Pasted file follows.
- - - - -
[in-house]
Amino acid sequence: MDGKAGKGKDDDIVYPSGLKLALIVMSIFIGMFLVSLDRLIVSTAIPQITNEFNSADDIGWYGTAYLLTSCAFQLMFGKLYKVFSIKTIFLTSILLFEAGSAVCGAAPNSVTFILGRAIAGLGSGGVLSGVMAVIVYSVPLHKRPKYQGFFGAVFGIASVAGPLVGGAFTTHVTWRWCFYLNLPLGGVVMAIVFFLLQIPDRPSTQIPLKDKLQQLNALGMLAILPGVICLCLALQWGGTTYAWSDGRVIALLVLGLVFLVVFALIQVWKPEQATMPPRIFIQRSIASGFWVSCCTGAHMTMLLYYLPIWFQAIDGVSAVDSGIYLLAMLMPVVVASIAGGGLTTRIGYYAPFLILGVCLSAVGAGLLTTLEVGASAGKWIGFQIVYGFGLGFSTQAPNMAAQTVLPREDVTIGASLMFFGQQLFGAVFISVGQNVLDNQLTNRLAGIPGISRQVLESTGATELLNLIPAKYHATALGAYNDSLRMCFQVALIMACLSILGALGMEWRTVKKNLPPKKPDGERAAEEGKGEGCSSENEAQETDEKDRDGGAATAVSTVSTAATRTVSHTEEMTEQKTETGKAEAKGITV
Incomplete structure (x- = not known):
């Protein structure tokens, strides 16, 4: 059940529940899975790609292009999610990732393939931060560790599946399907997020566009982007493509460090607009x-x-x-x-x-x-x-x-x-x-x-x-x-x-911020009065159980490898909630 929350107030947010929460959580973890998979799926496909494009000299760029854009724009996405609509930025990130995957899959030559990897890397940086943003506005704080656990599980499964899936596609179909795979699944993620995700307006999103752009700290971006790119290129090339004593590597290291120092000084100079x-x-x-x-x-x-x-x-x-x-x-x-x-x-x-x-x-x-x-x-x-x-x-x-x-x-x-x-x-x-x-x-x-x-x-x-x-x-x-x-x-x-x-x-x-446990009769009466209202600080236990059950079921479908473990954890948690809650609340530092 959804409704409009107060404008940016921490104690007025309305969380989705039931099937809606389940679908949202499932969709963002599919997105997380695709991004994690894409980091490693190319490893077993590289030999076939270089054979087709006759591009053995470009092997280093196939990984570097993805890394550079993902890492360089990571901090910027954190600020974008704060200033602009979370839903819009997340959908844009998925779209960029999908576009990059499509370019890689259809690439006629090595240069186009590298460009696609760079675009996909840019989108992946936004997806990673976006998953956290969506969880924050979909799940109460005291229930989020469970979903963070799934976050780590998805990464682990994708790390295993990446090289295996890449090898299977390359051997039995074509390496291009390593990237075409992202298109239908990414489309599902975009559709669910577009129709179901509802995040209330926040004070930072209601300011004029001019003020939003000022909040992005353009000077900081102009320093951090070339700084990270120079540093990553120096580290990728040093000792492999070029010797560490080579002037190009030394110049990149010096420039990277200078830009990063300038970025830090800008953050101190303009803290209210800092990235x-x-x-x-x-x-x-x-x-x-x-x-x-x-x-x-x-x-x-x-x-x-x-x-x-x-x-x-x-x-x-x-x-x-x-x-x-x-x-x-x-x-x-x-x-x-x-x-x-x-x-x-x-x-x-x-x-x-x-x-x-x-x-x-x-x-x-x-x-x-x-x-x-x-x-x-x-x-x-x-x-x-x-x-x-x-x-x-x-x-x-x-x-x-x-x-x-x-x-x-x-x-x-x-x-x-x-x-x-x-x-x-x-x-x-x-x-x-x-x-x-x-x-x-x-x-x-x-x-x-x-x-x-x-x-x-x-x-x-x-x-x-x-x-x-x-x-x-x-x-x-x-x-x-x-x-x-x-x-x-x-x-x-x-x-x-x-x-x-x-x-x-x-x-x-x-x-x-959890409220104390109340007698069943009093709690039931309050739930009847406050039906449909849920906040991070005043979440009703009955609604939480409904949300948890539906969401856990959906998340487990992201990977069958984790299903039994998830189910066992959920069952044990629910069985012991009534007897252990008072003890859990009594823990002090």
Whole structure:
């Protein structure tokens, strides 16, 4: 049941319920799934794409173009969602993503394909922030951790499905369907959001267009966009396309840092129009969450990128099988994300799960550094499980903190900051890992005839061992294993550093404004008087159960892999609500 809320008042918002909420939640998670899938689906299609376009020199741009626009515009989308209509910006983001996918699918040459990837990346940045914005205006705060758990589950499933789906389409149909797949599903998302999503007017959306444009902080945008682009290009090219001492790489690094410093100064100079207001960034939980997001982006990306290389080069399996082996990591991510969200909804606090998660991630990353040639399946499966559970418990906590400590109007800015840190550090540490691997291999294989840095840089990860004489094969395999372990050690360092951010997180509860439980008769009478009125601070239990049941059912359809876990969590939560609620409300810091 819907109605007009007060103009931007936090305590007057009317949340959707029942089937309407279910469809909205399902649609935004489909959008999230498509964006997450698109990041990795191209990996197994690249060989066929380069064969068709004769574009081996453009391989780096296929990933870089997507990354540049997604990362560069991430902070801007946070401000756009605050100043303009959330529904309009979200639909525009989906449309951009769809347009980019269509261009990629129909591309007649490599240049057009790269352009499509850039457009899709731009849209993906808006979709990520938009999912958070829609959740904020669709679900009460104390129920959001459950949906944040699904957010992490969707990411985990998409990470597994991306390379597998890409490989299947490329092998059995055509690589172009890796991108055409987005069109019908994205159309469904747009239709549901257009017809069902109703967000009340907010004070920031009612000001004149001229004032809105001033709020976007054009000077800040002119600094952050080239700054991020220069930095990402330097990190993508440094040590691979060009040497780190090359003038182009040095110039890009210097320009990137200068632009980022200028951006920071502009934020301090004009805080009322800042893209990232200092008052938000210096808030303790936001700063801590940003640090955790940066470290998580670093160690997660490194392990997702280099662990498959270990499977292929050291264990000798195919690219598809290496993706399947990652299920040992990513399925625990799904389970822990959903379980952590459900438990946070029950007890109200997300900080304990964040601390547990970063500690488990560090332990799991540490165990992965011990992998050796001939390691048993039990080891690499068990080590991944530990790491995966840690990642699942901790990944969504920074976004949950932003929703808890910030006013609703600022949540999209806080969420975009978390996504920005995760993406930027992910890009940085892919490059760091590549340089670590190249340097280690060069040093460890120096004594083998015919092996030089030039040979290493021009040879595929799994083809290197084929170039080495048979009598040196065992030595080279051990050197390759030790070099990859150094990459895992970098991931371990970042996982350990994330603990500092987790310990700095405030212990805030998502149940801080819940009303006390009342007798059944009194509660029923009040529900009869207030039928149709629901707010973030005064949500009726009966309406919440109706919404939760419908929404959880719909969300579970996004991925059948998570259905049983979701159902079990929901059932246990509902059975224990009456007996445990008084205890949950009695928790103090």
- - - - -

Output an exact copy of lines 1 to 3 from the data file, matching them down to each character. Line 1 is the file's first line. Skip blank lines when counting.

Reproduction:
[in-house]
Amino acid sequence: MDGKAGKGKDDDIVYPSGLKLALIVMSIFIGMFLVSLDRLIVSTAIPQITNEFNSADDIGWYGTAYLLTSCAFQLMFGKLYKVFSIKTIFLTSILLFEAGSAVCGAAPNSVTFILGRAIAGLGSGGVLSGVMAVIVYSVPLHKRPKYQGFFGAVFGIASVAGPLVGGAFTTHVTWRWCFYLNLPLGGVVMAIVFFLLQIPDRPSTQIPLKDKLQQLNALGMLAILPGVICLCLALQWGGTTYAWSDGRVIALLVLGLVFLVVFALIQVWKPEQATMPPRIFIQRSIASGFWVSCCTGAHMTMLLYYLPIWFQAIDGVSAVDSGIYLLAMLMPVVVASIAGGGLTTRIGYYAPFLILGVCLSAVGAGLLTTLEVGASAGKWIGFQIVYGFGLGFSTQAPNMAAQTVLPREDVTIGASLMFFGQQLFGAVFISVGQNVLDNQLTNRLAGIPGISRQVLESTGATELLNLIPAKYHATALGAYNDSLRMCFQVALIMACLSILGALGMEWRTVKKNLPPKKPDGERAAEEGKGEGCSSENEAQETDEKDRDGGAATAVSTVSTAATRTVSHTEEMTEQKTETGKAEAKGITV
Incomplete structure (x- = not known):